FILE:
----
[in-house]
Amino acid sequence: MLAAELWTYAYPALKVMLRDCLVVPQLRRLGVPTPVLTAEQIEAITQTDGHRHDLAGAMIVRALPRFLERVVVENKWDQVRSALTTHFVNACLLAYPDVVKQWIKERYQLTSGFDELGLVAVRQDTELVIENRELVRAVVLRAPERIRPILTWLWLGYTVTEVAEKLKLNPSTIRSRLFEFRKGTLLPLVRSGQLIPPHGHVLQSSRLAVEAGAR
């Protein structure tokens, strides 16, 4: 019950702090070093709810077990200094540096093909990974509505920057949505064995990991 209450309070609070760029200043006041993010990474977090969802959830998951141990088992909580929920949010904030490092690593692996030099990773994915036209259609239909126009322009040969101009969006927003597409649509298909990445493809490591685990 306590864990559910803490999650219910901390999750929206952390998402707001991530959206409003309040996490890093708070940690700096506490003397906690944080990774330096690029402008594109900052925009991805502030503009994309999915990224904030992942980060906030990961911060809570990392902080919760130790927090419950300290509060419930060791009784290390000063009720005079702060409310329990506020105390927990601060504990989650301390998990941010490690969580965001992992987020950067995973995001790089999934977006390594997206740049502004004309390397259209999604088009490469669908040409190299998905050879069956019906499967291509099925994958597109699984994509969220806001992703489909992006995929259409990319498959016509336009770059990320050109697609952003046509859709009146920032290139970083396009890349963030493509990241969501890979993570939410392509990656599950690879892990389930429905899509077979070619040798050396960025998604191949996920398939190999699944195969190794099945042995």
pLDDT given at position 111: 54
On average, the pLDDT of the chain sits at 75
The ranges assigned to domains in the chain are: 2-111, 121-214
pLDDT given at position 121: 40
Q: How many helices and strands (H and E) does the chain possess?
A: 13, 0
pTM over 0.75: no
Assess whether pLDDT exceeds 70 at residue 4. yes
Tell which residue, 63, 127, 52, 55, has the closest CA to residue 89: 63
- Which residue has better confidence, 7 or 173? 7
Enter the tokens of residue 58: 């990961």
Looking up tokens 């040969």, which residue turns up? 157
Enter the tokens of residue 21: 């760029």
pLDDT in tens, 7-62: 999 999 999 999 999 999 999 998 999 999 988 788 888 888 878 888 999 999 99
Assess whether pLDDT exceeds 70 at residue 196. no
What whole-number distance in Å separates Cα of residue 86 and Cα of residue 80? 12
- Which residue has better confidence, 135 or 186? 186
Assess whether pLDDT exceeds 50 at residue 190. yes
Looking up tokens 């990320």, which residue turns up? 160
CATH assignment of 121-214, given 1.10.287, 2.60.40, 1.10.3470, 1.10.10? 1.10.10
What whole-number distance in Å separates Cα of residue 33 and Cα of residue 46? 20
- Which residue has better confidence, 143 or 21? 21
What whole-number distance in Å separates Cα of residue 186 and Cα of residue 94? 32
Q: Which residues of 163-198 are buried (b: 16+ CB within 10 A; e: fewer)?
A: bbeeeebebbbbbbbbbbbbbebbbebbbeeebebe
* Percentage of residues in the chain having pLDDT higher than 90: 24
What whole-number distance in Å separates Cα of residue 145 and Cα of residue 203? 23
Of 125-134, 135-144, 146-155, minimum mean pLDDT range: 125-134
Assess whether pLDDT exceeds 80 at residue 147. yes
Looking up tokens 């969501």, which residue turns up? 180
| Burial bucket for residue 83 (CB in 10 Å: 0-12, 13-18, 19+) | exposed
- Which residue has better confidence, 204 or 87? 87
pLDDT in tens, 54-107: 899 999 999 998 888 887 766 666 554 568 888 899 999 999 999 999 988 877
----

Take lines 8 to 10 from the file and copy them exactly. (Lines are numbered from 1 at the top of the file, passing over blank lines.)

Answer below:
Q: How many helices and strands (H and E) does the chain possess?
A: 13, 0
pTM over 0.75: no